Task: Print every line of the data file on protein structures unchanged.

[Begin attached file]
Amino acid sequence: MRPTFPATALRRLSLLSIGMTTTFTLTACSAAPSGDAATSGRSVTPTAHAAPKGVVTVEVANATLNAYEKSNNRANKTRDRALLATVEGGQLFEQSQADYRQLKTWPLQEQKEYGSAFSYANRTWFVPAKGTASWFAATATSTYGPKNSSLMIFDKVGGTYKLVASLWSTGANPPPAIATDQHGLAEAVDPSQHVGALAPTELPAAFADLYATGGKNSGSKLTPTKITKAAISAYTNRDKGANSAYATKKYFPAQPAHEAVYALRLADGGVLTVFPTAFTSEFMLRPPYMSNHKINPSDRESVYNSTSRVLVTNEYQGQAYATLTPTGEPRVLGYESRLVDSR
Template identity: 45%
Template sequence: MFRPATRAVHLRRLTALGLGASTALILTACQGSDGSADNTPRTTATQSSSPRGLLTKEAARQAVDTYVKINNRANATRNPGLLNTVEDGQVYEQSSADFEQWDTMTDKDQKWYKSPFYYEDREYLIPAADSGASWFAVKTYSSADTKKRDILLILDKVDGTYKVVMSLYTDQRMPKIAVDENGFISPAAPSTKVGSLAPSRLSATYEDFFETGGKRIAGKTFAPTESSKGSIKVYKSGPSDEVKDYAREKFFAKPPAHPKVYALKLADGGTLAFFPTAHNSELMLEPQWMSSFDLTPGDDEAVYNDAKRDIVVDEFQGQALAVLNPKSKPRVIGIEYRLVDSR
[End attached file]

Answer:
Amino acid sequence: MRPTFPATALRRLSLLSIGMTTTFTLTACSAAPSGDAATSGRSVTPTAHAAPKGVVTVEVANATLNAYEKSNNRANKTRDRALLATVEGGQLFEQSQADYRQLKTWPLQEQKEYGSAFSYANRTWFVPAKGTASWFAATATSTYGPKNSSLMIFDKVGGTYKLVASLWSTGANPPPAIATDQHGLAEAVDPSQHVGALAPTELPAAFADLYATGGKNSGSKLTPTKITKAAISAYTNRDKGANSAYATKKYFPAQPAHEAVYALRLADGGVLTVFPTAFTSEFMLRPPYMSNHKINPSDRESVYNSTSRVLVTNEYQGQAYATLTPTGEPRVLGYESRLVDSR
Template identity: 45%
Template sequence: MFRPATRAVHLRRLTALGLGASTALILTACQGSDGSADNTPRTTATQSSSPRGLLTKEAARQAVDTYVKINNRANATRNPGLLNTVEDGQVYEQSSADFEQWDTMTDKDQKWYKSPFYYEDREYLIPAADSGASWFAVKTYSSADTKKRDILLILDKVDGTYKVVMSLYTDQRMPKIAVDENGFISPAAPSTKVGSLAPSRLSATYEDFFETGGKRIAGKTFAPTESSKGSIKVYKSGPSDEVKDYAREKFFAKPPAHPKVYALKLADGGTLAFFPTAHNSELMLEPQWMSSFDLTPGDDEAVYNDAKRDIVVDEFQGQALAVLNPKSKPRVIGIEYRLVDSR